My Washtub Bass site

a weblog about my instruments and experiments

My Washtub P-bass

My Upright Tub bodyI’m going to try to document the building of my 4 string washtub bass.

I’m starting from where I am and attempting to rewind to where it started.

The latest modifications were to apply a finish to the wood, and modify the sound chamber, the washtub, to remove some of the “metallic” overtones.

Acoustically I noticed that an “A note” is louder than other notes, and about 2 weeks ago I miked her up for Saturday night and noticed that an “A note” wanted to feed back even at fairly low volumes, so I need to get rid of the “A” resonance.

To mute the overtones of the washtub bottom I used a piece of 1/8″ tempered hardboard ( a 2′ x 2′ piece is $1 at Home Depot). I cut it to about 20″ diameter and glued on 8 pieces of medium density packing foam that were cut to about 3/8″ thick. I mounted the dampener by cutting scraps of wood so they would compress the foam and then wedged and glued the pieces of wood in place between the 4 wooden support blocks and the hardboard. For the center of the dampener I used a wooden “T” mounted between the internal cross brace and the center of the dampener.

The effect on the sound was amazing, no more “boingy” overtones. Now the sound is deep and much more well defined. What now?

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5 Responses to “My Washtub P-bass”

  1. Well with every change comes a new issue, after mounting the tub damper and changing the mounting of the leg I now have a buzz. The buzz is not real noticable acoustically but the piezo pickup amplifies it very nicely?

    So today I get to take it apart and epoxy the main support members to the tub.

    Keep you posted on the outcome…

  2. I finally got a neck of my own for the p-tub bass. I bought an AXS neck with tuners on ebay for $75, it is not as flexible as the “borrowed” ’93 Squire neck, I also like the shape better, the AXS neck is slightly beefier. There still is a problem with neck shape, a standup neck is more comfortable when it is “square” not square shaped but almost as thick as it is wide, similar to the shape of my old vintage Kay bass guitar, a “modern” bass guitar neck is much thinner than the width of the neck.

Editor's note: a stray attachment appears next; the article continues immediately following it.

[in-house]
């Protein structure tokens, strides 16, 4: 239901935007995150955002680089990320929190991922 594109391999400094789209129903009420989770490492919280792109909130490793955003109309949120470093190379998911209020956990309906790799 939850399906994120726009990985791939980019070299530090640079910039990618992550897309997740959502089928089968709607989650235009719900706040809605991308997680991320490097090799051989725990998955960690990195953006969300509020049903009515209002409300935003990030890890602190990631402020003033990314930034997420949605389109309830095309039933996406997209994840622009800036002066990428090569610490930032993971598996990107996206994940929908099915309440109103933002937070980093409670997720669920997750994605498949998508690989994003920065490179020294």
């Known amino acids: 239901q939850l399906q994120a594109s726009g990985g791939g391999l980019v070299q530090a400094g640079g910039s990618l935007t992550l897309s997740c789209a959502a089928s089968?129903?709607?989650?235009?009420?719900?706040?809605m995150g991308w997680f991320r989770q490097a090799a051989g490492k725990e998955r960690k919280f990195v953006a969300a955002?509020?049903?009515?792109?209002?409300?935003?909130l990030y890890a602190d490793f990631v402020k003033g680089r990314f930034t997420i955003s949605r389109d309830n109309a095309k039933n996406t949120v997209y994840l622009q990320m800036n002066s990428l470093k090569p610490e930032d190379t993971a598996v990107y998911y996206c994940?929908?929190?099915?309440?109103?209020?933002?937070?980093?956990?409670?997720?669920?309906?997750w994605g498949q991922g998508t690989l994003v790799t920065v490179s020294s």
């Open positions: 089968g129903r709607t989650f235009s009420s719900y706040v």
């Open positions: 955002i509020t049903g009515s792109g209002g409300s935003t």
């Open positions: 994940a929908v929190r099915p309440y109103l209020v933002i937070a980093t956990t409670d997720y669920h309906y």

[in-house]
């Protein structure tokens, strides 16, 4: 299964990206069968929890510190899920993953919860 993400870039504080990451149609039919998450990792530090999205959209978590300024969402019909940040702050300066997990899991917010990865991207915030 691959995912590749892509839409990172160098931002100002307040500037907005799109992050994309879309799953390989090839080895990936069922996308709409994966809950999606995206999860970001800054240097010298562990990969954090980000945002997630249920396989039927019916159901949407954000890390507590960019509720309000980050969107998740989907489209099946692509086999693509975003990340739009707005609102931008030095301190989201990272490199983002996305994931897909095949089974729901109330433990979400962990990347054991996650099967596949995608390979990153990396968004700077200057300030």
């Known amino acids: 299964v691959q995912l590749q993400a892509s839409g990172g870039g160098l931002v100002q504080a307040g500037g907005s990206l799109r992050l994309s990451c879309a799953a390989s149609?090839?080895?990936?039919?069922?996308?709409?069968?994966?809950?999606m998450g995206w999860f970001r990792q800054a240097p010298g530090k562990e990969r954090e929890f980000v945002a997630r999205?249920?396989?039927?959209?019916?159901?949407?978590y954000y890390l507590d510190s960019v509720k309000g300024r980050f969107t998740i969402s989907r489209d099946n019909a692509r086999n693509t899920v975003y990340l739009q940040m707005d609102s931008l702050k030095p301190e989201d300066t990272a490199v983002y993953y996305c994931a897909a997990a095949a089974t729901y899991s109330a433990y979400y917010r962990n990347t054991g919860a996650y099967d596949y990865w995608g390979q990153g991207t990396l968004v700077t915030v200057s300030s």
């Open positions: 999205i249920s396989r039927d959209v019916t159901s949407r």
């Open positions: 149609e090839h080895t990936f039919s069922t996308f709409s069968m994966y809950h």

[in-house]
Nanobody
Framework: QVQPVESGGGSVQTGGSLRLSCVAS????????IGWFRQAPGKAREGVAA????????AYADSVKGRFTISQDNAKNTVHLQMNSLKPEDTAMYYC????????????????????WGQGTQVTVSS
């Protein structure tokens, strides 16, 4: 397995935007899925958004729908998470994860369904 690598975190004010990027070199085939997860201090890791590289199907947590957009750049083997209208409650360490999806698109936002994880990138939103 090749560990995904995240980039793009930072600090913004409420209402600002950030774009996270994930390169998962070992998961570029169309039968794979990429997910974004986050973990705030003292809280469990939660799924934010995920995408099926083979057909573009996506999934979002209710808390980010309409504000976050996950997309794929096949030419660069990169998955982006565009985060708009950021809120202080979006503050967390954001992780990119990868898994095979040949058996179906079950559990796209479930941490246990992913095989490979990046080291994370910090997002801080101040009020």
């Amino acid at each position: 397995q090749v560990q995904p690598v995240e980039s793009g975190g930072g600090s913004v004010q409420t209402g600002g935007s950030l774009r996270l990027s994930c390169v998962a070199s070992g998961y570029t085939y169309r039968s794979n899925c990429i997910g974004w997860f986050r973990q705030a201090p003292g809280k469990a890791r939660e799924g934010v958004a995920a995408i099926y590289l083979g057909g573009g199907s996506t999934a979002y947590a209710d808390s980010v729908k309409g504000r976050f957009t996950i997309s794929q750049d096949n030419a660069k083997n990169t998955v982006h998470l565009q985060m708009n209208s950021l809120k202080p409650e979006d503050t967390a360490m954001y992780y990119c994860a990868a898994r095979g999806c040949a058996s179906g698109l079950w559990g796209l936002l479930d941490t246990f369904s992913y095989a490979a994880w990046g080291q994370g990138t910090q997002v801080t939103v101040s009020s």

I’ve also been experimenting with the piezo pickup, I have put a RLC filter on the disk to filter out the high frequencies. I have also built a “mint box buffer” to allow the ultra high impedence piezo pickup to interface with a normal high impedence input.  The word is still out, as I really haven’t tested things.  I did just receive some piezo film that I want to try instead of the piezo disks.

    Two more changes are in the works, one is a new adjustable bridge, the other is a new back for the tub, the dampened tub sound full and has good tone, but the bass lost quite a bit of volume by dampening the tin back, so I’m thinking about cutting out the tin and putting in a plywood back. With the plywood back I may try a sound post also…

    More info coming …

  3. Well it’s Jan 25 and I haven’t done much for quite a long time with my bass. It has been sitting in the cold and the top has colapsed a bit. I’m going to switch out the neck, and I’m going to have to rebuild the bridge. The last time Rich was in town and we played with the pickup I noticed how much resonance the bridge had through the piezo pickup it had an echo effect. So a new bridge is necessary, I really need to make an adjustable bridge so I have some adjustment as far as the action goes…

  4. […] My Washtub P-bass […]

  5. Steve said

    Great design. I’m going to give it try!

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